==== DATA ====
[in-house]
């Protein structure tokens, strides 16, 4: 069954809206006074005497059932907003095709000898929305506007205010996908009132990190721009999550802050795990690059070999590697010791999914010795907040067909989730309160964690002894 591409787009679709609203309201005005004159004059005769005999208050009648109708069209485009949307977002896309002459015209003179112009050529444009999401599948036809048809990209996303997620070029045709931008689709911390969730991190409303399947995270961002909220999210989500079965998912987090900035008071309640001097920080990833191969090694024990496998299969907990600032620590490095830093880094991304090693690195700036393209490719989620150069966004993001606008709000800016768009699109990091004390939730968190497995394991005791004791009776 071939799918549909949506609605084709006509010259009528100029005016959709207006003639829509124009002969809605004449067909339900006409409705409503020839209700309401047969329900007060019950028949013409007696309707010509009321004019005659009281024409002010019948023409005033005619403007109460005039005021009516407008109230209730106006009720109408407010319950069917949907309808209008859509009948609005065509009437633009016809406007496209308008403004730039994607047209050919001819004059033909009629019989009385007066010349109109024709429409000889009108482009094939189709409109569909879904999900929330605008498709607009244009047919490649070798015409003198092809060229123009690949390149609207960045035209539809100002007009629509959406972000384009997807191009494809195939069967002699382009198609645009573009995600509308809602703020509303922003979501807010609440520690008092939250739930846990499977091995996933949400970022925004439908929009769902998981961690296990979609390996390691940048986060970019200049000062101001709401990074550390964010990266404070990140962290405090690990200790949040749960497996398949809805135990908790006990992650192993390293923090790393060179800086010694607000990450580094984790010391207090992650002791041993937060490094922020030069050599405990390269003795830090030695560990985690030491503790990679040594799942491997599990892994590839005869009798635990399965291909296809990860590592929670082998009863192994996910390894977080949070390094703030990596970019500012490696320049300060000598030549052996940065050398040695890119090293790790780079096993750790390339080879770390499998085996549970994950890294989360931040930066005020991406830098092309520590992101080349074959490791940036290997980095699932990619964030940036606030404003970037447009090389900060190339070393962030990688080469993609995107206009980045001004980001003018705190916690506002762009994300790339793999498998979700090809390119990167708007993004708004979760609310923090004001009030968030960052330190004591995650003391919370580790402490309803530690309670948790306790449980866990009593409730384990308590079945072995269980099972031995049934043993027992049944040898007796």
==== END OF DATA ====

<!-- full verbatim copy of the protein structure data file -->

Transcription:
[in-house]
């Protein structure tokens, strides 16, 4: 069954809206006074005497059932907003095709000898929305506007205010996908009132990190721009999550802050795990690059070999590697010791999914010795907040067909989730309160964690002894 591409787009679709609203309201005005004159004059005769005999208050009648109708069209485009949307977002896309002459015209003179112009050529444009999401599948036809048809990209996303997620070029045709931008689709911390969730991190409303399947995270961002909220999210989500079965998912987090900035008071309640001097920080990833191969090694024990496998299969907990600032620590490095830093880094991304090693690195700036393209490719989620150069966004993001606008709000800016768009699109990091004390939730968190497995394991005791004791009776 071939799918549909949506609605084709006509010259009528100029005016959709207006003639829509124009002969809605004449067909339900006409409705409503020839209700309401047969329900007060019950028949013409007696309707010509009321004019005659009281024409002010019948023409005033005619403007109460005039005021009516407008109230209730106006009720109408407010319950069917949907309808209008859509009948609005065509009437633009016809406007496209308008403004730039994607047209050919001819004059033909009629019989009385007066010349109109024709429409000889009108482009094939189709409109569909879904999900929330605008498709607009244009047919490649070798015409003198092809060229123009690949390149609207960045035209539809100002007009629509959406972000384009997807191009494809195939069967002699382009198609645009573009995600509308809602703020509303922003979501807010609440520690008092939250739930846990499977091995996933949400970022925004439908929009769902998981961690296990979609390996390691940048986060970019200049000062101001709401990074550390964010990266404070990140962290405090690990200790949040749960497996398949809805135990908790006990992650192993390293923090790393060179800086010694607000990450580094984790010391207090992650002791041993937060490094922020030069050599405990390269003795830090030695560990985690030491503790990679040594799942491997599990892994590839005869009798635990399965291909296809990860590592929670082998009863192994996910390894977080949070390094703030990596970019500012490696320049300060000598030549052996940065050398040695890119090293790790780079096993750790390339080879770390499998085996549970994950890294989360931040930066005020991406830098092309520590992101080349074959490791940036290997980095699932990619964030940036606030404003970037447009090389900060190339070393962030990688080469993609995107206009980045001004980001003018705190916690506002762009994300790339793999498998979700090809390119990167708007993004708004979760609310923090004001009030968030960052330190004591995650003391919370580790402490309803530690309670948790306790449980866990009593409730384990308590079945072995269980099972031995049934043993027992049944040898007796």